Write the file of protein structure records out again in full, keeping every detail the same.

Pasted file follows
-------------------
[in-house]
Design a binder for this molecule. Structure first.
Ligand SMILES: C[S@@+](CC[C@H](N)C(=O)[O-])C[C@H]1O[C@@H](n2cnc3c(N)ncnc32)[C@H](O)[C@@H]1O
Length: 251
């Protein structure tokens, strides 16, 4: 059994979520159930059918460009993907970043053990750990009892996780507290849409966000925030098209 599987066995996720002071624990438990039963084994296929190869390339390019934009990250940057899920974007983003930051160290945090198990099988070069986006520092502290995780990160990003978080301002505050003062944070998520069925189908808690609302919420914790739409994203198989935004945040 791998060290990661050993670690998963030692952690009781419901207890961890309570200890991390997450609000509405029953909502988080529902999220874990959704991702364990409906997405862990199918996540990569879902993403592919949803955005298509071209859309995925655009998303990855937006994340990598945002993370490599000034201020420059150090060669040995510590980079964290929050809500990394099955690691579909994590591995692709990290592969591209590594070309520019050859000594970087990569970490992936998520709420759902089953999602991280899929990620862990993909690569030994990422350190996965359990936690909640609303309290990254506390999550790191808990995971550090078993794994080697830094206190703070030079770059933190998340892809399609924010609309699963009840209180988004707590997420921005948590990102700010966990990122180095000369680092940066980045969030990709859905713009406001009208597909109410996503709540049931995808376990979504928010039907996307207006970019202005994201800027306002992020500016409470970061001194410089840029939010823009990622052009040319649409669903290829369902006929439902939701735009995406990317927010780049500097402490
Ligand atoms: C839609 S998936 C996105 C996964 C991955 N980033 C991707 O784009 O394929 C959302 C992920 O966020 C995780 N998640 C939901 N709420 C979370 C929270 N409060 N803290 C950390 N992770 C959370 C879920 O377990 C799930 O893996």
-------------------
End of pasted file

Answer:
[in-house]
Design a binder for this molecule. Structure first.
Ligand SMILES: C[S@@+](CC[C@H](N)C(=O)[O-])C[C@H]1O[C@@H](n2cnc3c(N)ncnc32)[C@H](O)[C@@H]1O
Length: 251
């Protein structure tokens, strides 16, 4: 059994979520159930059918460009993907970043053990750990009892996780507290849409966000925030098209 599987066995996720002071624990438990039963084994296929190869390339390019934009990250940057899920974007983003930051160290945090198990099988070069986006520092502290995780990160990003978080301002505050003062944070998520069925189908808690609302919420914790739409994203198989935004945040 791998060290990661050993670690998963030692952690009781419901207890961890309570200890991390997450609000509405029953909502988080529902999220874990959704991702364990409906997405862990199918996540990569879902993403592919949803955005298509071209859309995925655009998303990855937006994340990598945002993370490599000034201020420059150090060669040995510590980079964290929050809500990394099955690691579909994590591995692709990290592969591209590594070309520019050859000594970087990569970490992936998520709420759902089953999602991280899929990620862990993909690569030994990422350190996965359990936690909640609303309290990254506390999550790191808990995971550090078993794994080697830094206190703070030079770059933190998340892809399609924010609309699963009840209180988004707590997420921005948590990102700010966990990122180095000369680092940066980045969030990709859905713009406001009208597909109410996503709540049931995808376990979504928010039907996307207006970019202005994201800027306002992020500016409470970061001194410089840029939010823009990622052009040319649409669903290829369902006929439902939701735009995406990317927010780049500097402490
Ligand atoms: C839609 S998936 C996105 C996964 C991955 N980033 C991707 O784009 O394929 C959302 C992920 O966020 C995780 N998640 C939901 N709420 C979370 C929270 N409060 N803290 C950390 N992770 C959370 C879920 O377990 C799930 O893996």